- Summit beers are not exciting when you’re dehydrated or nauseous from altitude. I carried a number of alcoholic beverages up and down volcanoes before I realized that a little “cheers” at the top was only fun in theory. I’d much rather have a mini Gatorade, ski down to the car, slam a Liquid IV, wait 30-45 minutes while my body rehydrates, and then wonder if I want to hang out with a White Claw or just get on the road.
- Always pack a wag bag. Glacier poop is gross. It never goes anywhere, unless you count “into climbers’ drinking water” or “under someone’s 4-figure Hilleberg tent.” Some people are regular and have a perfected system to minimize smells and leaks. My digestive system takes a rain check when I exercise. My blue bag count could fit on one hand. But you never want to risk it, and you never know when your partner will have a multi blue bag emergency or find a hole in the one they packed. A few dog poop or compost bags, a freezer Ziploc, and a handful of swiped napkins from dinner on the drive down will get the job done. It’s far from the pinnacle of wag-bag engineering, but you’ll have done your part.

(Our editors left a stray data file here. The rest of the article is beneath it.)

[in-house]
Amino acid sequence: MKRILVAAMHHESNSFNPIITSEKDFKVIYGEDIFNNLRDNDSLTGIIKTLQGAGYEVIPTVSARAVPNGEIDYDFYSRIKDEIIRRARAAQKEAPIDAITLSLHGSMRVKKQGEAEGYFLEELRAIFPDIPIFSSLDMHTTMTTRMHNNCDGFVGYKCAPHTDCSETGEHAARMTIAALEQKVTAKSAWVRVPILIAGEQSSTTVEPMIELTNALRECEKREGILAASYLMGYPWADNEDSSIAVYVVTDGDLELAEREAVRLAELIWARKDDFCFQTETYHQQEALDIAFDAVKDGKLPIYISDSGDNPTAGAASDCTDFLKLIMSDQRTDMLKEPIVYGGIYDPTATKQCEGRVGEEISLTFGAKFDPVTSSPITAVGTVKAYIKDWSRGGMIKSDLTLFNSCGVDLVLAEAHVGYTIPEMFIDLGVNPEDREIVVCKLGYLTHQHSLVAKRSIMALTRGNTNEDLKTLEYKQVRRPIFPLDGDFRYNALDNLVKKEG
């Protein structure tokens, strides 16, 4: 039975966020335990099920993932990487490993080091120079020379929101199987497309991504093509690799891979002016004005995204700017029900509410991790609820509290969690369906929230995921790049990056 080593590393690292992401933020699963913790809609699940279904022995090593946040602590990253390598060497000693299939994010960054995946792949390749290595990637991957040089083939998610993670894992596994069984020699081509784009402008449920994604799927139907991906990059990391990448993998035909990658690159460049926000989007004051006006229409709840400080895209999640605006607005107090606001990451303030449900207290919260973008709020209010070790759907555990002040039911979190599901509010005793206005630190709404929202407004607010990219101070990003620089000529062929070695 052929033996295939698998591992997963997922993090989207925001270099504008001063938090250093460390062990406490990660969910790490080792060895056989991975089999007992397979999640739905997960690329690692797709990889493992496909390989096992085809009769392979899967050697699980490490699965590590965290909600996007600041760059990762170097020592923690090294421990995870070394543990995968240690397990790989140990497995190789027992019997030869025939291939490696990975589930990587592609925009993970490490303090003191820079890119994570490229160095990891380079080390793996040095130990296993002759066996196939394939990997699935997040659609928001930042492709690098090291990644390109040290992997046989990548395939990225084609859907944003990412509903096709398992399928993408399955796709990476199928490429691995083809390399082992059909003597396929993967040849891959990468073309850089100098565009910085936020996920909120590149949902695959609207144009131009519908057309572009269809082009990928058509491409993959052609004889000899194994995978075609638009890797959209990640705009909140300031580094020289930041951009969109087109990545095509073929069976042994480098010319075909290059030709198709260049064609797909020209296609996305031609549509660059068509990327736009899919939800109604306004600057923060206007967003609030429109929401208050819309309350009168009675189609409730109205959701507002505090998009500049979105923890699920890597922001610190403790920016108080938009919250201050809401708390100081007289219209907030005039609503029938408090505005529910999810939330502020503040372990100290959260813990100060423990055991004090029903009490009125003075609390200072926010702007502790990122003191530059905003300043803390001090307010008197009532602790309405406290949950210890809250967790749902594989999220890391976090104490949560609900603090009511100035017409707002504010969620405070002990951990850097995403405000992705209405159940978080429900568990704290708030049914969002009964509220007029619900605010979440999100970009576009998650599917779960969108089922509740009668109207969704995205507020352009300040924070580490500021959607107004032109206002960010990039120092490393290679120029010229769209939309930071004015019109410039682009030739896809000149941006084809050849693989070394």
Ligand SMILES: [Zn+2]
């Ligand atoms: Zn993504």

- Bring simple carbs with simple flavors for high elevations. High elevation in the continental US is easy to manage for some people. Others need to keep things real easy for our digestive system. Saltine crackers, plain potato chips (light on the oil), turkey on white bread. Still pack your go-to goodies, but unless you know that elevation doesn’t phase you, a few hundred calories of palatable snacks can make the difference as to whether you’re fueled well for your summit push.
- Shorts for the car ride home. If I’m able to make the drive from home in the morning, it’s so common that I layer correctly for the tour and that I’m comfortable for the morning commute, but that I’m roasting on the car ride home. Do I melt in my softshells or do I go into the gas station with just my kind-of-see-through base layers on? If it’s warm enough, I just swap the full baselayer out in favor of a spandex shorts in order to get the bests of both worlds.